Global corporations are colonising India’s retail space through e-commerce and destroying small-scale physical retail and millions of livelihoods.
Walmart entered into India in 2016 with a US$3.3 billion take-over of the online retail start-up Jet.com. This was followed in 2018 with a US$16 billion take-over of India’s largest online retail platform, Flipkart. Today, Walmart and Amazon control almost two thirds of India’s digital retail sector.
Amazon and Walmart have a record of using predatory pricing, deep discounts and other unfair business practices to attract customers to their online platforms. A couple of years ago, those two companies generated sales of over US$3 billion in just six days during Diwali. India’s small retailers reacted by calling for a boycott of online shopping.
If you want to know the eventual fate of India’s local markets and small retailers, look no further than what US Treasury Secretary Steven Mnuchin said in 2019. He stated that Amazon had “destroyed the retail industry across the United States.”
Amazon’s corporate practices
In the US, an investigation by the House Judiciary Committee concluded that Amazon exerts monopoly power over many small- and medium-size businesses. It called for breaking up the company and regulating its online marketplace to ensure that sellers are treated fairly.
Amazon has spied on sellers and appropriated data about their sales, costs and suppliers. It has then used this information to create its own competing versions of their products, often giving its versions superior placement in the search results on its platform.
The Institute for Local Self-Reliance (ILSR) published a revealing document on Amazon in June 2021 that discussed these issues. It also notes that Amazon has been caught using its venture capital fund to invest in start-ups only to steal their ideas and create rival products and services. Moreover, Amazon’s dominance allows it to function as a gatekeeper: retailers and brands must sell on its site to reach much of the online market and changes to Amazon’s search algorithms or selling terms can cause their sales to evaporate overnight.
Amazon also makes it hard for sellers to reduce their dependence on its platform by making their brand identity almost invisible to shoppers and preventing them from building relationships with their customers. The company strictly limits contact between sellers and customers.
According to the ILSR, Amazon compels sellers to buy its warehousing and shipping services, even though many would get a better deal from other providers, and it blocks independent businesses from offering lower prices on other sites. The company also routinely suspends sellers’ accounts and seizes inventories and cash balances.
The Joint Action Committee against Foreign Retail and E-commerce (JACAFRE) was formed to resist the entry of foreign corporations like Walmart and Amazon into India’s e-commerce market. Its members represent more than 100 national groups, including major trade, workers’ and farmers’ organisations.
JACAFRE issued a statement in 2018 on Walmart’s acquisition of Flipkart, arguing that it undermines India’s economic and digital sovereignty and the livelihoods of millions in India. The committee said the deal would lead to Walmart and Amazon dominating India’s e-retail sector. It would also allow them to own India’s key consumer and other economic data, making them the country’s digital overlords, joining the ranks of Google and Facebook.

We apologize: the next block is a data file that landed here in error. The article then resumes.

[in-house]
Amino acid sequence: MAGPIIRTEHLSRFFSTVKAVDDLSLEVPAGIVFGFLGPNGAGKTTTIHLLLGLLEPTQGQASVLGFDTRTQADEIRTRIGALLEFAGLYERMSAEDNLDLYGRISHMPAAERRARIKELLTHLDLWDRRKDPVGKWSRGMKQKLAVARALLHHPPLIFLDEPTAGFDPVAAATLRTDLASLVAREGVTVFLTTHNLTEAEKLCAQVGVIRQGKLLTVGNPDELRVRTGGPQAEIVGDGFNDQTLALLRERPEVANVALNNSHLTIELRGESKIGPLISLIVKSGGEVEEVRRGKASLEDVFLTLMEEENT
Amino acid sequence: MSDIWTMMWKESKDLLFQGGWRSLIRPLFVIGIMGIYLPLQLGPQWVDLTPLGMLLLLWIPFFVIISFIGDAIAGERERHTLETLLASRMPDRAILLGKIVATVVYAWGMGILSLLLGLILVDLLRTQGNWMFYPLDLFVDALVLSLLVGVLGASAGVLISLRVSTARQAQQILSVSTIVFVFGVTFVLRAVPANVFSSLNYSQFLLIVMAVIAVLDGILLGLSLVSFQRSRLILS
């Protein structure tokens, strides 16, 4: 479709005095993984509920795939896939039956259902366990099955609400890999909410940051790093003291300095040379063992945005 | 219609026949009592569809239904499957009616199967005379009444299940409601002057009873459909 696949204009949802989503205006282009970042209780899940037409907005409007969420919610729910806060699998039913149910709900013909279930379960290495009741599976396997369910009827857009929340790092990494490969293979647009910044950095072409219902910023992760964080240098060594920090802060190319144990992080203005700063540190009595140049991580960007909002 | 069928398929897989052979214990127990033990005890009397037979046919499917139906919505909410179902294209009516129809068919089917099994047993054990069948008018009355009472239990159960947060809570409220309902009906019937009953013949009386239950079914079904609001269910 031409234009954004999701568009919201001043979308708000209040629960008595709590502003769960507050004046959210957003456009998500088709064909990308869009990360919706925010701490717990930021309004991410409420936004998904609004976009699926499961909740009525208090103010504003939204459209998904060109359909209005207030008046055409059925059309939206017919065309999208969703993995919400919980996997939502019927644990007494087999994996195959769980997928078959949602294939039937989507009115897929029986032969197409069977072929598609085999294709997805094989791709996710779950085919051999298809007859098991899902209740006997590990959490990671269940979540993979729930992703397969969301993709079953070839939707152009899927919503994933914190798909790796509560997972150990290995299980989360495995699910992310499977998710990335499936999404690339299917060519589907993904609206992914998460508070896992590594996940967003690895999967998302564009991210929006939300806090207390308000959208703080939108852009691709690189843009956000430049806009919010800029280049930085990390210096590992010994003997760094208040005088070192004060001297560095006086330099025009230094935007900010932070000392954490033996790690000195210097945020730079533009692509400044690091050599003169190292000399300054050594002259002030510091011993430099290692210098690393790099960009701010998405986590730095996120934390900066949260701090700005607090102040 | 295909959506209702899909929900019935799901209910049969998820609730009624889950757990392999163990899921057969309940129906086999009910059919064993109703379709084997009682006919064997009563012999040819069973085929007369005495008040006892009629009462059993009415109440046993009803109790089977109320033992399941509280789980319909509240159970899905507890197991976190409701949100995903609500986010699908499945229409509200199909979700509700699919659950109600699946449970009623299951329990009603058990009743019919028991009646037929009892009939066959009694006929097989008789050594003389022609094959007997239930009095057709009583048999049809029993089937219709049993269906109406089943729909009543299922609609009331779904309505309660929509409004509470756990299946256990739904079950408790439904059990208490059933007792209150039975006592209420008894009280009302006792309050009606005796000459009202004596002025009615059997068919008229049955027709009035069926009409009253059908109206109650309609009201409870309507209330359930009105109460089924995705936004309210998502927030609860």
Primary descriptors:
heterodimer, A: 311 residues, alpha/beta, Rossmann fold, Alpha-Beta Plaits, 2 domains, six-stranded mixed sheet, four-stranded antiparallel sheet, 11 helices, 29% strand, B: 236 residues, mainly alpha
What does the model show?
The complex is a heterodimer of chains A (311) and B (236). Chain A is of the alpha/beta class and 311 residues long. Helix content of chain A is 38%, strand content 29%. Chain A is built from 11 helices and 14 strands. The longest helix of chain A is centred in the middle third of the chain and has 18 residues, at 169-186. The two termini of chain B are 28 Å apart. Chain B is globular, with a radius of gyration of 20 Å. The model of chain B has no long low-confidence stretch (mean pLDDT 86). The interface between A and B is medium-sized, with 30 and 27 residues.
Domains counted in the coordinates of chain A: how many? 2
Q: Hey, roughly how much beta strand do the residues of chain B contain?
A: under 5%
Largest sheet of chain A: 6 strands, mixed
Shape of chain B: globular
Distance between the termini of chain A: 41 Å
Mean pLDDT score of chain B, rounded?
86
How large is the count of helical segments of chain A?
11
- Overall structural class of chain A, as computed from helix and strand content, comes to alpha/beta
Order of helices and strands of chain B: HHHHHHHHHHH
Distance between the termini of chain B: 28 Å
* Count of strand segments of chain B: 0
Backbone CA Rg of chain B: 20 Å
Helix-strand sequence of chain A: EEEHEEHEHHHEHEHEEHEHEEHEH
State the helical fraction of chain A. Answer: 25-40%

In January 2021, JACAFRE published an open letter saying that the three new farm laws, passed by parliament in September 2020, centre on enabling and facilitating the unregulated corporatisation of agriculture value chains. This will effectively make farmers and small traders of agricultural produce become subservient to the interests of a few agrifood and e-commerce giants or will eradicate them completely.
Although there was strong resistance to Walmart entering India with its physical stores, online and offline worlds are now merged: e-commerce companies not only control data about consumption but also control data on production and logistics. Through this control, e-commerce platforms can shape much of the physical economy.
What we are witnessing is the deliberate eradication of markets in favour of monopolistic platforms.
Bezos not welcome
Amazon’s move into India encapsulates the unfair fight for space between local and global markets. There is a relative handful of multi-billionaires who own the corporations and platforms. And there are the interests of hundreds of millions of vendors and various small-scale enterprises who are regarded by these rich individuals as mere collateral damage to be displaced in their quest for ever greater profit.
Thanks to the helping hand of various COVID-related lockdowns which devastated small businesses, the wealth of the world’s billionaires increased by $3.9tn (trillion) between 18 March and 31 December 2020. In September 2020, Jeff Bezos, Amazon’s executive chairman, could have paid all 876,000 Amazon employees a $105,000 bonus and still be as wealthy as he was before COVID. Jeff Bezos – his fortune constructed on unprincipled methods that have been well documented in recent years – increased his net wealth by $78.2bn during this period.
Bezos’s plan is clear: the plunder of India and the eradication of millions of small traders and retailers and neighbourhood mom and pop shops.
This is a man with few scruples. After returning from a brief flight to space in July, in a rocket built by his private space company, Bezos said during a news conference: